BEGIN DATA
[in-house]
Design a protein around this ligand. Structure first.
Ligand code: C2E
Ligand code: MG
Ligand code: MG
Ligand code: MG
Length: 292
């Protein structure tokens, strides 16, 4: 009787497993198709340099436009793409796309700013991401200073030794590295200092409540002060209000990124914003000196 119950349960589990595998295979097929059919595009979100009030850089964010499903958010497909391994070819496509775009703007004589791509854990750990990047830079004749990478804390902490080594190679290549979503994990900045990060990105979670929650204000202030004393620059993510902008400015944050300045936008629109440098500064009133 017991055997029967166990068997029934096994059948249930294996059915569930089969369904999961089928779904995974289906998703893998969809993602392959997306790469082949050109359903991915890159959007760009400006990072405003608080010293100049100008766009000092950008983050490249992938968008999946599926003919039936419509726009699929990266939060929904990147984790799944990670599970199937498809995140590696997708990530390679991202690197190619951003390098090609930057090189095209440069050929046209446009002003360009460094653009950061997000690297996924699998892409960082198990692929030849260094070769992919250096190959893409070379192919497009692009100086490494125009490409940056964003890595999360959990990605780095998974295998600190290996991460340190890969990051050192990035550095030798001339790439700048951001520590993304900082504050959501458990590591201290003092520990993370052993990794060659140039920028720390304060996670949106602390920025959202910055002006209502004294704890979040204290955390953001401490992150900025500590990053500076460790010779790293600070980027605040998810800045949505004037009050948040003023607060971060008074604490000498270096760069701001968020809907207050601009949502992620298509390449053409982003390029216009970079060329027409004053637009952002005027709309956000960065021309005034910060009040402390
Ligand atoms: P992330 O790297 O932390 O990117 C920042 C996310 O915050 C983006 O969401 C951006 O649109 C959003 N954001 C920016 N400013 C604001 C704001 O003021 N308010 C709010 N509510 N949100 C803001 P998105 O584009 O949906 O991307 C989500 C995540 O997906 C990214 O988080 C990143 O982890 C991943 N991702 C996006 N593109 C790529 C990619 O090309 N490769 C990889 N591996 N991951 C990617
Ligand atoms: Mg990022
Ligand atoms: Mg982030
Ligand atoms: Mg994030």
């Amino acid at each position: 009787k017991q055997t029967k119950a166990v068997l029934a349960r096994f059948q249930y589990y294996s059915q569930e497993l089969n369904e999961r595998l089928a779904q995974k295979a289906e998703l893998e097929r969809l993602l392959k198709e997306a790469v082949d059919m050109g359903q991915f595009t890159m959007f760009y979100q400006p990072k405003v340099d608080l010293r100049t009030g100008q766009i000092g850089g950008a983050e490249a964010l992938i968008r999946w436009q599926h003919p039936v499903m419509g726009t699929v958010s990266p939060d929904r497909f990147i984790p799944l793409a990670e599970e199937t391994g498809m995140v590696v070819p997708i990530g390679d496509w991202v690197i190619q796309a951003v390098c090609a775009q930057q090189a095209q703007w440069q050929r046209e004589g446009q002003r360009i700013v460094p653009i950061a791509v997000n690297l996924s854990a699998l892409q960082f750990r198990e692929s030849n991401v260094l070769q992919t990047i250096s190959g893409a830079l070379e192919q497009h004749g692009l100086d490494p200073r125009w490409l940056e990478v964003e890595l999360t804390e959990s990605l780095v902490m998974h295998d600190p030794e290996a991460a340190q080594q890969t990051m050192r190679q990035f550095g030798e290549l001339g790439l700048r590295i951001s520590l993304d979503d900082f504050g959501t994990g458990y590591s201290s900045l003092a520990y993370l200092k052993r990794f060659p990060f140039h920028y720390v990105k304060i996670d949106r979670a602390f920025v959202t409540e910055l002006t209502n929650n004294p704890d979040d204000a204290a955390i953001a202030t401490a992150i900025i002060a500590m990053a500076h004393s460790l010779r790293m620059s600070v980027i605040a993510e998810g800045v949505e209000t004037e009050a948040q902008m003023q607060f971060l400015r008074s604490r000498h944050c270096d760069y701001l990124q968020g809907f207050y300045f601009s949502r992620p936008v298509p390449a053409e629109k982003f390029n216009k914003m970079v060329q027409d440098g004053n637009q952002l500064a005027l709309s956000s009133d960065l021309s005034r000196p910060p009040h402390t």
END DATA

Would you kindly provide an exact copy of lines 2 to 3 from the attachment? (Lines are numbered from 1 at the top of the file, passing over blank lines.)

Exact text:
Design a protein around this ligand. Structure first.
Ligand code: C2E